With a pope who is trying "to light a fire in the heart of the world," the bishop of Innsbruck, Austria, seems to be throwing cold water on the entire project.
Analysis: At the beginning of his papacy, Pope Francis kept saying he had authority not to dominate the people but to serve them.
Over the weekend, an editor on the Internet observed that many events this year commemorating the 50th anniversary of the Second Vatican Council "seem to be wakes, lamenting and grieving over the lost opportunity."
Rather than wring our hands over what the church has become under back-to-back popes who have acted in an arrogant and authoritarian manner, we should celebrate what Vatican II has already done for us.
It has given us a new view of ourselves. It's made us more free, more human and more at the service of a world that Jesus loved.
It has given us a new view of the church. It's our church, not the pope's church, or the bishops' church, or a priest's church.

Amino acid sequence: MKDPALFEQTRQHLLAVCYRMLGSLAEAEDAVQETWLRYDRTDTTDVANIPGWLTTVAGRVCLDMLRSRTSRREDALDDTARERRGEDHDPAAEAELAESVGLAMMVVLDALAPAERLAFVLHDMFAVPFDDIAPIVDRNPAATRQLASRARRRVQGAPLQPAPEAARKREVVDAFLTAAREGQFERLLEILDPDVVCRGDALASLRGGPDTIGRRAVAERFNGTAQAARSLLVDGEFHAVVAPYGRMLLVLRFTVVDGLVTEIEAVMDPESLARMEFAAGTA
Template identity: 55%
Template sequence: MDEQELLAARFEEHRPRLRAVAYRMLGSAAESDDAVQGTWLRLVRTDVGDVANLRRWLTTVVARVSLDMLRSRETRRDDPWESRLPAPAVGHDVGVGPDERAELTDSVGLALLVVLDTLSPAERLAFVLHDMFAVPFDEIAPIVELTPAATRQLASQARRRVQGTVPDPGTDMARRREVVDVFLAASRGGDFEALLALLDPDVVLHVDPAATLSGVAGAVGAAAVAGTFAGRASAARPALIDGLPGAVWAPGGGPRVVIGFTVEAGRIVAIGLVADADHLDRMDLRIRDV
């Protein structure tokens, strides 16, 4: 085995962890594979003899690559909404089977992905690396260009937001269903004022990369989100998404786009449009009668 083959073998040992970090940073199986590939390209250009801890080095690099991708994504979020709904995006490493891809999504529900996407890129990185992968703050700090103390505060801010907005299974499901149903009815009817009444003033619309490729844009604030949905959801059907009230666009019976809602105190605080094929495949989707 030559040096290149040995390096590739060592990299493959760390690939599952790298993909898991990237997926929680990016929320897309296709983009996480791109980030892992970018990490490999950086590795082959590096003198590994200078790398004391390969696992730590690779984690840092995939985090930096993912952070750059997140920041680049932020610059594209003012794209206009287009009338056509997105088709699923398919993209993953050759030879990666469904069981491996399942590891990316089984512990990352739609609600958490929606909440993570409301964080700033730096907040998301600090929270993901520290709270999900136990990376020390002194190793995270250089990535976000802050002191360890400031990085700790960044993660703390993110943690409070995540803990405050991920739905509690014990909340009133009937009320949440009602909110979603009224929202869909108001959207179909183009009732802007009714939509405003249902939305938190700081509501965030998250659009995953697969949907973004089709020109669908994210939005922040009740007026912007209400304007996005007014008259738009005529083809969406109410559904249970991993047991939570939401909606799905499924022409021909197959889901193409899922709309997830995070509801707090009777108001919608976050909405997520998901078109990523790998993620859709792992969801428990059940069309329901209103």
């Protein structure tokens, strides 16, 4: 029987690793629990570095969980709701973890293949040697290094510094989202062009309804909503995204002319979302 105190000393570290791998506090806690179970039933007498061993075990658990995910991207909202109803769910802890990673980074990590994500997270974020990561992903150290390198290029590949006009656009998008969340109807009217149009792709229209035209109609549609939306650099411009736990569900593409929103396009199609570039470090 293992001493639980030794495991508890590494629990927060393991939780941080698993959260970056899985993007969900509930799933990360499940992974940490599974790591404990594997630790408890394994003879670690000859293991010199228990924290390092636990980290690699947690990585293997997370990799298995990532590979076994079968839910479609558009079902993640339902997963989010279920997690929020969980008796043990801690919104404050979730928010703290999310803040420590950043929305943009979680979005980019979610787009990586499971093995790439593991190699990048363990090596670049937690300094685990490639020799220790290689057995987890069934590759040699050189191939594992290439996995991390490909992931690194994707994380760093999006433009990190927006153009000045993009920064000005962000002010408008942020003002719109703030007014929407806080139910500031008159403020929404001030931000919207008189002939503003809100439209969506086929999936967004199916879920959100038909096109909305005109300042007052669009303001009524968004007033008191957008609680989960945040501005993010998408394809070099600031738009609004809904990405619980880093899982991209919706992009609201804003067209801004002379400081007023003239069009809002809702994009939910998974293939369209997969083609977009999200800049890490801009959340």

It has given us a new view of our place in it. We can think, we can speak, we can act as followers of Jesus in a world that needs us.
Rather than whine over what daddy won't let us do, we can put the Council into play ourselves.
American nuns showed us how.
Back in the 13th century, St. Thomas Aquinas warned his fellow scholars about taking positions that brought ridicule upon the church. "Ne fides rideatur," he said. Literally, "Don't let the faith be laughed at."
Last week, we learned the U.S. bishops were launching an investigation into the supposedly subversive activities of our Catholic Girl Scouts. According to The Associated Press, Bishop Kevin Rhoades of Ft. Wayne-South Bend, Ind., and his fellows on the bishops' Committee on Laity, Marriage, Family Life and Youth will be looking into the Scouts' "possible problematic relationships" with groups like Doctors Without Borders, the Sierra Club, and Oxfam International "because they support family planning."